Renunciation and a Proper Relation to the Goods of the World

Among the words that frequently give rise to great misunderstanding is the word renunciation. In the book that adapts Buddhist analytical meditations for Christians (which I’m in the midst of editing right now), I talk about renunciation as a value promoted by all faith traditions.

Some people hear the word renunciation and think it means they have to live a life of complete asceticism, not enjoying any material comforts. Even the word itself sounds negative; we hear it and cringe, thinking it means we are being asked to completely give things up, or at least that we are not supposed to enjoy them.

Renunciation, however, is not fundamentally about what we have or don’t have. In Seasons of Celebration, Thomas Merton writes, “True sanctity does not consist in trying to live without creatures [material goods]. It consists in using the goods of life in order to do the will of God. It consists in using God’s creation in such a way that everything we touch and see and use and love gives new glory to God.”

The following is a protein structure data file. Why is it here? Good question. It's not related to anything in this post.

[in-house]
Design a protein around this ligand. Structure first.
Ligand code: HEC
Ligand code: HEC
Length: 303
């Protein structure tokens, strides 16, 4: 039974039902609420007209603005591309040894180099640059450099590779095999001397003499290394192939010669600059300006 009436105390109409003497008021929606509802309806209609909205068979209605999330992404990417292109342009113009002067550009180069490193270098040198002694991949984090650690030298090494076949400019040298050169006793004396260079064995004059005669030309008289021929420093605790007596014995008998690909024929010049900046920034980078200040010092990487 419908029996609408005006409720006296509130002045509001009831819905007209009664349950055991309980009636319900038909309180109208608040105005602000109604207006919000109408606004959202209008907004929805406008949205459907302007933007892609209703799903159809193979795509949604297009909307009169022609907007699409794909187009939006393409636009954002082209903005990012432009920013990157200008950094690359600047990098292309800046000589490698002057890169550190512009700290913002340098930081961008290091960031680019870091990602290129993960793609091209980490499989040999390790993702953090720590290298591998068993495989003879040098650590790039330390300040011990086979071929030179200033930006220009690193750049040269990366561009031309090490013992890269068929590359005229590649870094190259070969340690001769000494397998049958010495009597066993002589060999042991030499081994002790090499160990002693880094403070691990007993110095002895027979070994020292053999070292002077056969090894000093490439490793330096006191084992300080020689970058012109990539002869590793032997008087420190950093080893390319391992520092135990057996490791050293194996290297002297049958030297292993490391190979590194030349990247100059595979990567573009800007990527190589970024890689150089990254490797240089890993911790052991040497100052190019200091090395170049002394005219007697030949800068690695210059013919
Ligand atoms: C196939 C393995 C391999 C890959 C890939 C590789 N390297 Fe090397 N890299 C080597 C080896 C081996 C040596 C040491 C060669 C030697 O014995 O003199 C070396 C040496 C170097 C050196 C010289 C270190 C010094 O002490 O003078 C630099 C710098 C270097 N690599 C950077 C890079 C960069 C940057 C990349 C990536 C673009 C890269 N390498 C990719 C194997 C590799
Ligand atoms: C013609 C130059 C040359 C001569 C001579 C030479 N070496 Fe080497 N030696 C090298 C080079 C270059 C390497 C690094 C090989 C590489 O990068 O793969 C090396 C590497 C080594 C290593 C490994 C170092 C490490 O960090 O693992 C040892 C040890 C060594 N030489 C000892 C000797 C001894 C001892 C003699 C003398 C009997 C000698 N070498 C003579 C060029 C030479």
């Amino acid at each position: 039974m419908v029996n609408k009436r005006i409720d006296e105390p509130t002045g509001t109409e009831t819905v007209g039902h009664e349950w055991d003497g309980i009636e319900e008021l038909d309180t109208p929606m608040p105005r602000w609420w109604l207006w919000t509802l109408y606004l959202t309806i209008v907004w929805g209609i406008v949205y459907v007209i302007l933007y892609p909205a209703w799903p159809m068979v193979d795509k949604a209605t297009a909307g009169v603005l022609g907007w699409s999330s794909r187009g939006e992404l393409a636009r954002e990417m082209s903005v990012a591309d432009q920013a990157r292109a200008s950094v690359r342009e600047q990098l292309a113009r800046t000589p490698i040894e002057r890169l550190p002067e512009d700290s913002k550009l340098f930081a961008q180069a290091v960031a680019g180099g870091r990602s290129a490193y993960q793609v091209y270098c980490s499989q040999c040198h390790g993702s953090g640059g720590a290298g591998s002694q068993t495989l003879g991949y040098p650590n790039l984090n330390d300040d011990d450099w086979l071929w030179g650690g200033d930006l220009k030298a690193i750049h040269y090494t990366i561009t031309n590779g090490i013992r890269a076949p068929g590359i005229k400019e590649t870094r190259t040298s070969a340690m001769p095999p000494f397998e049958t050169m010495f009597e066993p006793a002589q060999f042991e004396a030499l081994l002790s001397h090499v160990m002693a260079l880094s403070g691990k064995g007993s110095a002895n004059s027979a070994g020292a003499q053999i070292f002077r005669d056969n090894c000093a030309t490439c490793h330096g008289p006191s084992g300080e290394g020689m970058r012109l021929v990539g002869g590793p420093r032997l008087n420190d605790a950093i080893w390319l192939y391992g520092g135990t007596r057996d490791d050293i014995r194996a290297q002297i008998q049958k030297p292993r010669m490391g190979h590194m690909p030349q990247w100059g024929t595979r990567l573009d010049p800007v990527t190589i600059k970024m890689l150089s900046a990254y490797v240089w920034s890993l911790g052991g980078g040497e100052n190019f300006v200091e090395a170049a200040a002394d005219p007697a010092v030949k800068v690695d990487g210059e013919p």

In order to do this, we have to develop the ability to use the things of this world without being dominated by them. That is, to not be attached to them.

That means that renunciation is about our state of mind. Cardinal Ratzinger wrote that “the emptiness which God requires [is] that of the renunciation of personal selfishness, not necessarily that of the renunciation of those created things which he has given us and among which he has placed us.”

Renunciation is not easy. And developing the emptiness of which Cardinal Ratzinger speaks requires that we recognize where we are acting out of personal selfishness and attachment. That is a good subject to reflect on during our daily examen.

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